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Review
. 2012 Jan 18;481(7381):295-305.
doi: 10.1038/nature10761.

The Promise of Induced Pluripotent Stem Cells in Research and Therapy

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Free PMC article
Review

The Promise of Induced Pluripotent Stem Cells in Research and Therapy

Daisy A Robinton et al. Nature. .
Free PMC article

Abstract

The field of stem-cell biology has been catapulted forward by the startling development of reprogramming technology. The ability to restore pluripotency to somatic cells through the ectopic co-expression of reprogramming factors has created powerful new opportunities for modelling human diseases and offers hope for personalized regenerative cell therapies. While the field is racing ahead, some researchers are pausing to evaluate whether induced pluripotent stem cells are indeed the true equivalents of embryonic stem cells and whether subtle differences between these types of cell might affect their research applications and therapeutic potential.

Figures

Figure 1
Figure 1. Morphology of pluripotent stem cell types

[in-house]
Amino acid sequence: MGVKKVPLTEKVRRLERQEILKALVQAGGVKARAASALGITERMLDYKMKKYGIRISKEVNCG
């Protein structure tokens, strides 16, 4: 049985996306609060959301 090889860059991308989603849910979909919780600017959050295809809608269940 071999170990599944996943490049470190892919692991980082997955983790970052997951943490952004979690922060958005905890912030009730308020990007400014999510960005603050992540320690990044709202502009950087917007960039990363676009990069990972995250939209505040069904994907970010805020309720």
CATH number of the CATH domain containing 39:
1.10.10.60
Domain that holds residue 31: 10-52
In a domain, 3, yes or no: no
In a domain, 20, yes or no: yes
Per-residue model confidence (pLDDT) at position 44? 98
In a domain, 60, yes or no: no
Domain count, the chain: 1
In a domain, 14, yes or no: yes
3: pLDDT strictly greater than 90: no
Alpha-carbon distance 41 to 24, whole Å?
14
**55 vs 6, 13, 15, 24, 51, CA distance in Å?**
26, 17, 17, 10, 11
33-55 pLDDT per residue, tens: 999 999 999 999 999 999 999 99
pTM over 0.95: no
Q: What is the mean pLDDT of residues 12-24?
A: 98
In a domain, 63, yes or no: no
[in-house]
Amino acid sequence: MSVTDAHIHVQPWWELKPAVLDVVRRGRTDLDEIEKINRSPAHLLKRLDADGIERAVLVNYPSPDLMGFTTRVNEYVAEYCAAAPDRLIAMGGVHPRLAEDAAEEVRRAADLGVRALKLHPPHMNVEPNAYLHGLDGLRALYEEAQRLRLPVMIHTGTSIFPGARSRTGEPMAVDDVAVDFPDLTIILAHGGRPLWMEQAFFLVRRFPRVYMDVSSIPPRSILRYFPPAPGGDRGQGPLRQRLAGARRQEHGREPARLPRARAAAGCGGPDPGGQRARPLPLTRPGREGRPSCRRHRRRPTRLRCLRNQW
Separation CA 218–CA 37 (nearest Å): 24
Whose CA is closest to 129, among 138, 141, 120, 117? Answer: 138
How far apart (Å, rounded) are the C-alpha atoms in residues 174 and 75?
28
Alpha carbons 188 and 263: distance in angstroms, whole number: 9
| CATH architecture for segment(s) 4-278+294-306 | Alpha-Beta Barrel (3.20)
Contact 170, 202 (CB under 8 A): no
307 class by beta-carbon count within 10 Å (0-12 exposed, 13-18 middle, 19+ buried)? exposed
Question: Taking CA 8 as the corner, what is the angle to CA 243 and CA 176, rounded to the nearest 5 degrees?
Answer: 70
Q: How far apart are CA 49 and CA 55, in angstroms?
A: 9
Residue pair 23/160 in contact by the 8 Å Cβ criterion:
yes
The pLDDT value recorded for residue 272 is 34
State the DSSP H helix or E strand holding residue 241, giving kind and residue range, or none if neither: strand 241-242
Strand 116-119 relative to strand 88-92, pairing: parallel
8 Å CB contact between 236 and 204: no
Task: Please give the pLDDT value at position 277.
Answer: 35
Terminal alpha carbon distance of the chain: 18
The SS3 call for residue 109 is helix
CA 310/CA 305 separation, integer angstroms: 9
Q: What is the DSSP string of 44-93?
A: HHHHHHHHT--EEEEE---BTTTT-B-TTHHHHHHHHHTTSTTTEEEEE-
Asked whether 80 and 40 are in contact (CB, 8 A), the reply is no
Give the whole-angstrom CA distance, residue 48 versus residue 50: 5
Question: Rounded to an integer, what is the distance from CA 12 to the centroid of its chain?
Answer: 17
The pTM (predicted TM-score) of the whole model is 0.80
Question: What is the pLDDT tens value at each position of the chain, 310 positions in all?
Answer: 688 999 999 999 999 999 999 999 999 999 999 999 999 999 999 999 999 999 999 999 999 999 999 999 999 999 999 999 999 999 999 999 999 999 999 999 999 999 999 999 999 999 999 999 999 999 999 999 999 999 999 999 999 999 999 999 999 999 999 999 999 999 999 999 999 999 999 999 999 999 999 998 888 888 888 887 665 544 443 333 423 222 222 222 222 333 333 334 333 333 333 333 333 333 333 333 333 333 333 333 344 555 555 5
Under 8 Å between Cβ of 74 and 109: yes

Mouse ES (a) and iPS (b) cells form dome-shaped, refractile colonies. These colonies are in contrast to the flat morphology of mouse epiblast-derived stem cells (f), which resemble human ES (d) and iPS (e) cells. Human iPS cells induced into a naive pluripotent state by treatment with chemical inhibitors (c) parallel the morphology of mouse ES and iPS cells. Scale bars, 50 μm.
Figure 2
Figure 2. Medical applications of iPS cells
Reprogramming technology and iPS cells have the potential to be used to model and treat human disease. In this example, the patient has a neurodegenerative disorder. Patient-specific iPS cells — in this case derived by ectopic co-expression of transcription factors in cells isolated from a skin biopsy — can be used in one of two pathways. In cases in which the disease-causing mutation is known (for example, familial Parkinson’s disease), gene targeting could be used to repair the DNA sequence (right). The gene-corrected patient-specific iPS cells would then undergo directed differentiation into the affected neuronal subtype (for example, midbrain dopaminergic neurons) and be transplanted into the patient’s brain (to engraft the nigrostriatal axis). Alternatively, directed differentiation of the patient-specific iPS cells into the affected neuronal subtype (left) will allow the patient’s disease to be modelled in vitro, and potential drugs can be screened, aiding in the discovery of novel therapeutic compounds.

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